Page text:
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Please give me tips on recording trombones!!
Old 17th March 2009
  #1
Here for the gear
 

Please give me tips on recording trombones!!

Hello,

the coming period I'm putting myself into the world of recording trombones. Since I'm a trombonist myself and that I've almost never heard a perfect recorded trombone. Either in a solo, 4tet or ensemble setting. I'm not talking about bigbandsettings because they work well with the room micro and spotting.

I have noticed that the ribbon microphones work the best with the trombone.

Some microphones I have on my mind to invest in are:

AEA R84 and R88
Cascade Fathead II
Royer Labs R-121 R-122 SF12 SF24

Please give me all your tips and knowledge about this!!

Thanks in advance.
Old 17th March 2009
  #2
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Jonstudio's Avatar
Quote:
Originally Posted by MartinSch View Post
Hello,

the coming period I'm putting myself into the world of recording trombones. Since I'm a trombonist myself and that I've almost never heard a perfect recorded trombone. Either in a solo, 4tet or ensemble setting. I'm not talking about bigbandsettings because they work well with the room micro and spotting.

I have noticed that the ribbon microphones work the best with the trombone.

Some microphones I have on my mind to invest in are:

AEA R84 and R88
Cascade Fathead II
Royer Labs R-121 R-122 SF12 SF24

Please give me all your tips and knowledge about this!!

Thanks in advance.
Hey, I record classical music. In fact today I am mixing a solo tuba album. I think you would find the Royers to be too small sounding for a larger brass instrument. The Fathead is really only good on EGT amps and maybe a room mic for a drum kit. It doesn't protect the high end well enough. I cannot comment on the AEA Mics. But I would HIGHLY reccomend looking at the Coles Ribbon Mics for brass recording. They have a smooth and deep bottom end and carry the high end very well. They should cost about the same as the Royers.

Jon
jonsstudio.com
Old 17th March 2009
  #3
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PlugHead's Avatar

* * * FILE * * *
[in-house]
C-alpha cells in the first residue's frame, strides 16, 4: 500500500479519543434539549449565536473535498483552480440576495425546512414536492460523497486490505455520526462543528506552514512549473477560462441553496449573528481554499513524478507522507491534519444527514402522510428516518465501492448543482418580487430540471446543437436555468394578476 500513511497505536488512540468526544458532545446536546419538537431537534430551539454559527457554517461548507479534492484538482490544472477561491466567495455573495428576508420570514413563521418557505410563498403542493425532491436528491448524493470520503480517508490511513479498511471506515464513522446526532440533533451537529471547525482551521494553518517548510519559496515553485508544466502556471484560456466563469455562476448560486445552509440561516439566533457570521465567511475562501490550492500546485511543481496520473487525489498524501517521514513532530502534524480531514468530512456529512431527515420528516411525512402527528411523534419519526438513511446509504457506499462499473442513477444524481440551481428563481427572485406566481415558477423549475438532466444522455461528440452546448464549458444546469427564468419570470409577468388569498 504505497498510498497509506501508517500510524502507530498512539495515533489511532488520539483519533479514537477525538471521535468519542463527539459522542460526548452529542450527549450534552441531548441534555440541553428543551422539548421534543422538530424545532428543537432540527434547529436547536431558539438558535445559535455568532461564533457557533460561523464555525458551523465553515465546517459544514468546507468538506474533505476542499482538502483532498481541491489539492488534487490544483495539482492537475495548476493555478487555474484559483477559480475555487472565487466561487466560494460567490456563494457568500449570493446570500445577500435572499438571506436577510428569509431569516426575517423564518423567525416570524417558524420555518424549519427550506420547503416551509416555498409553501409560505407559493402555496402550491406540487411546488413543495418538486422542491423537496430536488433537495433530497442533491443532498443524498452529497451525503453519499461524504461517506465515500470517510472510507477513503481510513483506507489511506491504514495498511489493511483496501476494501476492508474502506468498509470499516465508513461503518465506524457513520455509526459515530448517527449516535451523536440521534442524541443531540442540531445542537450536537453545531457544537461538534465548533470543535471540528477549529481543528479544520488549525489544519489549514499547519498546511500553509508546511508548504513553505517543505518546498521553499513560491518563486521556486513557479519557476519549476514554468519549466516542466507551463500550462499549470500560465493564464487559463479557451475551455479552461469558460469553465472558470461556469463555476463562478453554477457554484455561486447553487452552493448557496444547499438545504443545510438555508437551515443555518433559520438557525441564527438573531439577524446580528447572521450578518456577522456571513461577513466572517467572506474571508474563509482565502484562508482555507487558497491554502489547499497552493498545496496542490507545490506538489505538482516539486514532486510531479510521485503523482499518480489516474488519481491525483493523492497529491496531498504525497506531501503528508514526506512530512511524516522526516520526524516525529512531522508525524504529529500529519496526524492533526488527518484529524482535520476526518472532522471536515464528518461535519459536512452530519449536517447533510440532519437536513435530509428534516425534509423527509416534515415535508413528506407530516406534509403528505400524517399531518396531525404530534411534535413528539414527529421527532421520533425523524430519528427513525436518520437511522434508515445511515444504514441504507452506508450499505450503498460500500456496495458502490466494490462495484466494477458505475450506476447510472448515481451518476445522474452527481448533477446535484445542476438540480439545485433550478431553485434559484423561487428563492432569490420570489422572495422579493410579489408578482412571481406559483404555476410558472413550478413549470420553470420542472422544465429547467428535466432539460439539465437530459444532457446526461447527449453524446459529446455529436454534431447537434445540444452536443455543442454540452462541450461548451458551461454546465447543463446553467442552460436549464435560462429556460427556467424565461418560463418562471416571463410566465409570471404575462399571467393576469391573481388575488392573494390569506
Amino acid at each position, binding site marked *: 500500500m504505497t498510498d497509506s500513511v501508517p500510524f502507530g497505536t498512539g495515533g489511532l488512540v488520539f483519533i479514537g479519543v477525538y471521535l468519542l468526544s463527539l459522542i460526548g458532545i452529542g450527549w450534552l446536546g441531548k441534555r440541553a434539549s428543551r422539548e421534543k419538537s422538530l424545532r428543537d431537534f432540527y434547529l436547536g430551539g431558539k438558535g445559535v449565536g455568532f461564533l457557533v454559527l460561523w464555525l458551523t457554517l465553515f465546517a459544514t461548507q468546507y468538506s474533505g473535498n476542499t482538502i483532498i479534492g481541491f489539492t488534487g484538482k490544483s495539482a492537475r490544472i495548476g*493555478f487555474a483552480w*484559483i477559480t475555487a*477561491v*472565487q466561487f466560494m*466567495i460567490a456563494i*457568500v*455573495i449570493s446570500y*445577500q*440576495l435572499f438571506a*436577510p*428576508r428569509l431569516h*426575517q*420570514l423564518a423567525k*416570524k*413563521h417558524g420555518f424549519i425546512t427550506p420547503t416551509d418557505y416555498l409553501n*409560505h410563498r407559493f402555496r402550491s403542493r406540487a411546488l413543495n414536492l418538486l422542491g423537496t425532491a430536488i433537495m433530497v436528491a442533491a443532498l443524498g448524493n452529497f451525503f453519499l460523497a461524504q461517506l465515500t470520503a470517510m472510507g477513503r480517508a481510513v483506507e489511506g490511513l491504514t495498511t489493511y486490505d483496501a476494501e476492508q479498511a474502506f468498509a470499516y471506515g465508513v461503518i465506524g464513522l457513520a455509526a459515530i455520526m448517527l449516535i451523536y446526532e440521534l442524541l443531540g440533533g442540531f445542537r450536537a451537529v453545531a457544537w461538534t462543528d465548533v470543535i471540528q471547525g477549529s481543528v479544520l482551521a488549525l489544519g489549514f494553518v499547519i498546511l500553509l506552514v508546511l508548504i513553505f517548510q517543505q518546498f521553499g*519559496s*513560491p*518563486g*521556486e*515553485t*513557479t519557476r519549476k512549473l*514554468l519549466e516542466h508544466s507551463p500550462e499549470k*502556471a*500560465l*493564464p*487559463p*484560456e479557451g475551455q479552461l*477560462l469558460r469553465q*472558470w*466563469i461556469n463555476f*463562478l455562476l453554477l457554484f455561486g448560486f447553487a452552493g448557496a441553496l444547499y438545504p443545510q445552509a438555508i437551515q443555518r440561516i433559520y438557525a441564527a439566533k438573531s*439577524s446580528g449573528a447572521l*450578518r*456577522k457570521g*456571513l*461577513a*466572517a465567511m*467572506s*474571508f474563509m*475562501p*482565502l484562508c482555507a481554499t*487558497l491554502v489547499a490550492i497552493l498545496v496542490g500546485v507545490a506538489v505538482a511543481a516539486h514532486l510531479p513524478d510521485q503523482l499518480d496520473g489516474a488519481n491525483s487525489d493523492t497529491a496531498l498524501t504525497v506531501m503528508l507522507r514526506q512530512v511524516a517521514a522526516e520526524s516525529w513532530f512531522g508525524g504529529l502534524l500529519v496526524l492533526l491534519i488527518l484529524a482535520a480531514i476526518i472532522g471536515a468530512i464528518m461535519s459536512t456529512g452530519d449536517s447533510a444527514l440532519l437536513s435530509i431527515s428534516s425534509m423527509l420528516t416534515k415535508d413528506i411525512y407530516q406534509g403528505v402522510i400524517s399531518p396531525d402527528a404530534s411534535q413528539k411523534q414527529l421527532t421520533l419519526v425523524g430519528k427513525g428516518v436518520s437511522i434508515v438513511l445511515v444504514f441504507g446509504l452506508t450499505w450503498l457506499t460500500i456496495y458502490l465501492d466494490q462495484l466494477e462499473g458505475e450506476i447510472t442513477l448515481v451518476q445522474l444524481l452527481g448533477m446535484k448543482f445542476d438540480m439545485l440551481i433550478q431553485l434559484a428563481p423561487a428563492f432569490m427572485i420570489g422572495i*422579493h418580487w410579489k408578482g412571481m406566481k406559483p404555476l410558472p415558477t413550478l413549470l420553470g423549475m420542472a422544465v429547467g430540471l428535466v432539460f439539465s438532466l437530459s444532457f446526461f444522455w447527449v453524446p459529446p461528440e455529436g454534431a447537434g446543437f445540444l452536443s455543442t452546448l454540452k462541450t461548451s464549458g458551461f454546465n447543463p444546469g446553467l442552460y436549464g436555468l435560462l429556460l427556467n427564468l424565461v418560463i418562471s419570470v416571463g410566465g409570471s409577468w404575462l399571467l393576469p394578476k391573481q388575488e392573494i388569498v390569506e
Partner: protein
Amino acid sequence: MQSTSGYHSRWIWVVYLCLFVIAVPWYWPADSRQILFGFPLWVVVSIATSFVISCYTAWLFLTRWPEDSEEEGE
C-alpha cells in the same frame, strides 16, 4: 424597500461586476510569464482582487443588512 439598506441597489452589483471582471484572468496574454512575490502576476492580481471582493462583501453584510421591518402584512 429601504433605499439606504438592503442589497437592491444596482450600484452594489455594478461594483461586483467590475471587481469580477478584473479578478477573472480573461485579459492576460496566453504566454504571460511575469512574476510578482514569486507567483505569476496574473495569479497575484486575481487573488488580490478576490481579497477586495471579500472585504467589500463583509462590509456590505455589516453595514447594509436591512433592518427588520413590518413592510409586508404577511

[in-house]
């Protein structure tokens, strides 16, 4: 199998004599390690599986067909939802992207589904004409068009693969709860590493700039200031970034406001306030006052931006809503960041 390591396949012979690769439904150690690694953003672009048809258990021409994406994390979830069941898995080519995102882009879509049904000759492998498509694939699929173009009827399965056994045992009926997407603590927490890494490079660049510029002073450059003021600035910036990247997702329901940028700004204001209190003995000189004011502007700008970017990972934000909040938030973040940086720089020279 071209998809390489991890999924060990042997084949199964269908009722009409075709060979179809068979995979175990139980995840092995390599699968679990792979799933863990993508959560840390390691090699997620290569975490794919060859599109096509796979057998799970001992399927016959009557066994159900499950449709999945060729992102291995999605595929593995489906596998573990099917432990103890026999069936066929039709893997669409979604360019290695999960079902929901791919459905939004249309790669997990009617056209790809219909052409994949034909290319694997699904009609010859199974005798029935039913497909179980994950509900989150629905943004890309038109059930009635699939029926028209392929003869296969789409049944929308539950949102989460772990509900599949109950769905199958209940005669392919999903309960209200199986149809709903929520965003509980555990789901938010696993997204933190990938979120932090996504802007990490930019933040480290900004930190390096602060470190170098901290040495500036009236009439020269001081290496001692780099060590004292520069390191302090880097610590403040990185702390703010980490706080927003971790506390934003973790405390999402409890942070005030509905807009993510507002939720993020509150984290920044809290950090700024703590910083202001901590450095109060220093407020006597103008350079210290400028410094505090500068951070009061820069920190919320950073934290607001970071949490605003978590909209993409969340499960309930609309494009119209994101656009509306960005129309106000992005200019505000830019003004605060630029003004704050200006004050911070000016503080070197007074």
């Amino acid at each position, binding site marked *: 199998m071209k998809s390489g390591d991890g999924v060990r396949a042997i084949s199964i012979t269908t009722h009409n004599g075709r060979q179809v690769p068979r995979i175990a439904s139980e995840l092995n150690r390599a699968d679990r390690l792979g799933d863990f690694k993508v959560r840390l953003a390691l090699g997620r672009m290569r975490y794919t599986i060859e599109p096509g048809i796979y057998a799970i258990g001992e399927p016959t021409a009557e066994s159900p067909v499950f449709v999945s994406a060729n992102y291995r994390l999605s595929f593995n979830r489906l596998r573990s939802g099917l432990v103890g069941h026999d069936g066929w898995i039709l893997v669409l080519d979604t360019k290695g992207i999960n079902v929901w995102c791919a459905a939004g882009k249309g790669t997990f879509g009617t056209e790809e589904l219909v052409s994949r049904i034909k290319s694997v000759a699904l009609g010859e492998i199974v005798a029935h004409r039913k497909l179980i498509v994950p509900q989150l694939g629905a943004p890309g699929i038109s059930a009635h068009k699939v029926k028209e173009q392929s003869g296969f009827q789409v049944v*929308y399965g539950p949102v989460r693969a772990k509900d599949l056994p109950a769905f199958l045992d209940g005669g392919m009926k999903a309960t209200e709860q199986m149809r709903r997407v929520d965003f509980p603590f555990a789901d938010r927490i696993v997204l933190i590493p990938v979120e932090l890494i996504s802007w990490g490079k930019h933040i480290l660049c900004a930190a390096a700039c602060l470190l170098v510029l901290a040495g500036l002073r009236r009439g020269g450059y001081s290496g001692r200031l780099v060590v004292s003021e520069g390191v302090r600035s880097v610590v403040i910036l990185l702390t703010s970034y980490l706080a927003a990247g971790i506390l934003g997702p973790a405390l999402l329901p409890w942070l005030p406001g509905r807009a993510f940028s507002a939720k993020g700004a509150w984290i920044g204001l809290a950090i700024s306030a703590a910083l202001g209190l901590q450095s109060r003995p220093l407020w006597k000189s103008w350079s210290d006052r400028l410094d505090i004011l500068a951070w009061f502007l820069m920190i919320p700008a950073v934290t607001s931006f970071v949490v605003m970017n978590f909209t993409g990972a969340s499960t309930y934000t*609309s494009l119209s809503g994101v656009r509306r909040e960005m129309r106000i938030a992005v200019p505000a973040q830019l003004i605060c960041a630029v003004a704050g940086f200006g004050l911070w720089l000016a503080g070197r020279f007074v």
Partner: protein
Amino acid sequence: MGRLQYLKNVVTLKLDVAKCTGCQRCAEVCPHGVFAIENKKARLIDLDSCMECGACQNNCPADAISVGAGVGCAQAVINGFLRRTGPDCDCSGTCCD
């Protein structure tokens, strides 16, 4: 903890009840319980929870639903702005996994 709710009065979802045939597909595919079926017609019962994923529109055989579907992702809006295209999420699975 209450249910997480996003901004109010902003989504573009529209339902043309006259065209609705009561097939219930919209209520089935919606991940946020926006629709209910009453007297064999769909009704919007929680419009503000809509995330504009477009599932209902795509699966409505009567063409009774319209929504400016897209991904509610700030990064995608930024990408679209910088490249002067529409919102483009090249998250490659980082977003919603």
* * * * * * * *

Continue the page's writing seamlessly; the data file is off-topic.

IME,

Those are good choices for mics, tho my fave for brass (trombone) is the Coles 4038. That (or any of the other ribbon choices you've mentioned) paired with a neutral pre-amp, i.e. Hardy M-1, Milennia, GML, or even Neve/RND, API, or similar should easily net you great results.

With you playing the instrument, the best way to discover what sound you prefer is to experiment with the record button engaged. Set your gain accordingly, and spend time positioning the instrument in various places around the mic. i.e.: distance 2 ft. back/on-axis... 2 ft. back/off-axis... 3 ft. back/on-axis... 3 ft. back/off-axis... 6 ft. back/on-axis etc. etc.,

The room you record it in will influence the sound almost as much as the microphone. IMO, large-ish rooms with high ceilings are best for brass recordings, unless you want that particular room sound to influence the recording...

I can't precisely know what your motives/desires are WRT this instrument - as you know from being a player, the sound you experience being 'behind the bell' is totally different from being in front of it - maybe taking some 'unorthodox' recording techniques might find you the exact sound you are looking for?

Best of luck, and I hope this helps!
Old 17th March 2009
  #4
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Quote:
Originally Posted by Jonstudio View Post
In fact today I am mixing a solo tuba album.
jonsstudio.com
Wow - may I ask who is the player, and what is the style?
Old 17th March 2009
  #5
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Jonstudio's Avatar
Quote:
Originally Posted by PlugHead View Post
Wow - may I ask who is the player, and what is the style?
Yes, the player is Chester Schmitz, formerly of the Boston Symphony Orchestra. It is Tuba and Piano album. A tuba is quite an interesting piece of machinery to put behind some nice microphones!